Fotoxx navigates an image collection using a thumbnail browser to choose images to view or edit. Edit functions include brightness, contrast, color, gamma, white balance, tone mapping, red eyes, sharpen, blur, noise suppression, smart erase, trim (crop), resize, rotate, add text, bend/warp, many art effects, HDR, HDF, stack, and panorama. Edit functions use movable curves and sliders. Feedback is live using the whole image. RAW files can be edited and saved with deep color. Areas or objects can be selected using freehand draw, follow edge, and tone matching. Selections can be edited in place with adjustable blending. They can also be cut and pasted into other images. Any metadata can be edited, reported, and searched (filenames, tags, dates, geotags, comments, captions, ratings, etc.). Collections (arbitrary subsets) can be defined and viewed. Batch functions are available for rename, resize/export, RAW conversion, and more.
The Noble Ape Simulation is a collection of a number of autonomous simulation components including a landscape simulation, biological simulation, weather simulation, sentient creature (Noble Ape) simulation, and a simple intelligent-agent scripting language (ApeScript). Noble Ape also contains a social simulation where the Noble Apes can be tracked in terms of social groups and also over many generations to explain social phenomenon to users looking to study this kind of interaction. It has been in development for more than a fifteen years.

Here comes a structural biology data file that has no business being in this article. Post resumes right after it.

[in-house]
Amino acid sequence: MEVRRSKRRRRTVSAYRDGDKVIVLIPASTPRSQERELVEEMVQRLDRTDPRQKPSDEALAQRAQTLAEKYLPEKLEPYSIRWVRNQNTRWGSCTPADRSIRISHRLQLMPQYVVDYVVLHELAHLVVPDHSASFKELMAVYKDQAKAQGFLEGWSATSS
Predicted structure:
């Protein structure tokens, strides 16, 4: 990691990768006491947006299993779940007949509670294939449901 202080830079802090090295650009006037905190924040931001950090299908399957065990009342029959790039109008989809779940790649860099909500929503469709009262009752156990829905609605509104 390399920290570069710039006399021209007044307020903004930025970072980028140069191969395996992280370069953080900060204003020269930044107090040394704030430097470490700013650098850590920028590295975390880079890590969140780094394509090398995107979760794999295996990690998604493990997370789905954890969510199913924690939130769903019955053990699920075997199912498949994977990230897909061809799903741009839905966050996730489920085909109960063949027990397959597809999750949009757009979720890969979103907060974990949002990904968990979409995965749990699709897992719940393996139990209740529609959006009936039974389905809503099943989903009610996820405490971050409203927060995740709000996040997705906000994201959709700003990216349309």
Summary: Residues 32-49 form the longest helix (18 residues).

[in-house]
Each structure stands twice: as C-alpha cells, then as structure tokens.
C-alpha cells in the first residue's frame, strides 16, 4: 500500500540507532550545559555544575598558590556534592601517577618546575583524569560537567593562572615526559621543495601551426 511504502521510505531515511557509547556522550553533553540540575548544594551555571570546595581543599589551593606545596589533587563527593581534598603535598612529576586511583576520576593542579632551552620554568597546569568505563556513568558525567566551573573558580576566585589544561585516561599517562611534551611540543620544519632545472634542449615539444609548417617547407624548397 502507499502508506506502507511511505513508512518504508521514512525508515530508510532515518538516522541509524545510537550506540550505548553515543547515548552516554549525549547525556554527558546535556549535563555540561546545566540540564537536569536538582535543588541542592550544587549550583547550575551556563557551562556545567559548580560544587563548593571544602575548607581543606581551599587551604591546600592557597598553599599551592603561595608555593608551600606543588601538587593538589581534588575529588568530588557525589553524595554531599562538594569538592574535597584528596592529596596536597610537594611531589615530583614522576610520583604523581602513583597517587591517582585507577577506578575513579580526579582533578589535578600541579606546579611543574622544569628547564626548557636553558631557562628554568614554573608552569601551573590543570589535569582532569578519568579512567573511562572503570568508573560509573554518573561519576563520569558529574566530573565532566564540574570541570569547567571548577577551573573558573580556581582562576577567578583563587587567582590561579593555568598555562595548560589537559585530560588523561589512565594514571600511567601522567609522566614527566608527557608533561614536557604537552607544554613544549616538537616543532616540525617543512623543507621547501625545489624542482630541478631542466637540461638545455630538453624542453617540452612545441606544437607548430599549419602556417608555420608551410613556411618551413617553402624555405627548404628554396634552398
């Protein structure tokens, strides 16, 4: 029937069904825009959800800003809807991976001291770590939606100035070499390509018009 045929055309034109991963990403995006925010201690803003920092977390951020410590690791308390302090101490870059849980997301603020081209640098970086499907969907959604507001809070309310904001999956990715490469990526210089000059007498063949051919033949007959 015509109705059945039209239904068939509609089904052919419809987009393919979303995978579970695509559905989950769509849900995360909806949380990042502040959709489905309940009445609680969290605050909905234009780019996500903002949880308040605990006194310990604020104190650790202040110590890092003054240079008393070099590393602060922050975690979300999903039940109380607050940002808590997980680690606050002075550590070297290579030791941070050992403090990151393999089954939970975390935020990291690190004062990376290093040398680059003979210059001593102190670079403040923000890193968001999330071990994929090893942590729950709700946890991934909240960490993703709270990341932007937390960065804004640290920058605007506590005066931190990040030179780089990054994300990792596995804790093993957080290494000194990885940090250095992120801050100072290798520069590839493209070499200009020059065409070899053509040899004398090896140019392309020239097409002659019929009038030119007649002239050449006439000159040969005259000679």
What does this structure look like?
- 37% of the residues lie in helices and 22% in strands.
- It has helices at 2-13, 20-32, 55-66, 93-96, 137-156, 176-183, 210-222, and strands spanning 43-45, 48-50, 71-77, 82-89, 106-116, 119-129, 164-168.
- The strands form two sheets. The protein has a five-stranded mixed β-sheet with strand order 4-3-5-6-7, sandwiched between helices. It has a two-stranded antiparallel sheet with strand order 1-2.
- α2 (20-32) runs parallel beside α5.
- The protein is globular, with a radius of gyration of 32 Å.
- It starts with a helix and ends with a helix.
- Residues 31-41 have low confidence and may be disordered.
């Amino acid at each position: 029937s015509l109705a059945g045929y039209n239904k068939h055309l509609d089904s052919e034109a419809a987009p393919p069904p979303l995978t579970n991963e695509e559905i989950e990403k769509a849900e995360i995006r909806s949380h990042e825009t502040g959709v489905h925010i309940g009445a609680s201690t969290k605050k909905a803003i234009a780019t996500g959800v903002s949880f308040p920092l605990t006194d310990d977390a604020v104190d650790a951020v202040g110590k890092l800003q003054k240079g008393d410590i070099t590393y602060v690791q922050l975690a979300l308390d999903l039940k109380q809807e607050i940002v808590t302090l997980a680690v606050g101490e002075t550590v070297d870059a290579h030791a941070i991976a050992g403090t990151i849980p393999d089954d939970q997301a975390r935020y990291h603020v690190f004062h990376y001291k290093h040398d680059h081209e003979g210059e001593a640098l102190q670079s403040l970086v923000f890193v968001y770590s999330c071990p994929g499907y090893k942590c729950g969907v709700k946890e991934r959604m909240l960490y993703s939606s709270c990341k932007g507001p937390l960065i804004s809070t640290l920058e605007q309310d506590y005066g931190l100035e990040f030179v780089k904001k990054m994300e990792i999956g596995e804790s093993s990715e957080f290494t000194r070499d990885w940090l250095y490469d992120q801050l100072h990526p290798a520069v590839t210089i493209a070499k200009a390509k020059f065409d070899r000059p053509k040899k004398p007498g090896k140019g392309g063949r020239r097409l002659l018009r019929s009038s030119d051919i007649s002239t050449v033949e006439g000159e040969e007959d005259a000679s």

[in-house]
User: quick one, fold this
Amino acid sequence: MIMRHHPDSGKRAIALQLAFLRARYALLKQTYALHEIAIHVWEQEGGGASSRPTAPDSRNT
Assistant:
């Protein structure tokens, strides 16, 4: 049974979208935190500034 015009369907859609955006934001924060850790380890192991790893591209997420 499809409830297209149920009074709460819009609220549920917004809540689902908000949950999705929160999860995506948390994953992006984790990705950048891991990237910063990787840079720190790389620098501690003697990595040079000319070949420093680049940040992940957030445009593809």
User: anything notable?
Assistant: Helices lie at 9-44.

Cardpeek is a tool to read the contents of ISO7816 smartcards. It features a GUI to represent card data in a tree view, and it is extendable with a scripting language (LUA). The goal of this project is to allow smartcard owners to be better informed about what type of personal information is stored in these devices. The tool currently reads the contents of: EMV bank cards, Calypso public transport cards (such as Navigo, RavKav, and Mobib), Belgian eID cards, GSM SIM cards, the French Vitale 2 health card, some Mifare cards, and Moneo electronic purse cards.
Masna provides a simple graphical interface (GUI) to manage Nautilus scripts. For scripts that are part of the system-wide Nautilus script collection (by default /usr/share/nautilus-scripts; you can change this in the settings dialog of Masna), it manages symlinks in the user’s Nautilus script folder. For scripts in the user’s Nautilus script folder, it manages the file permissions.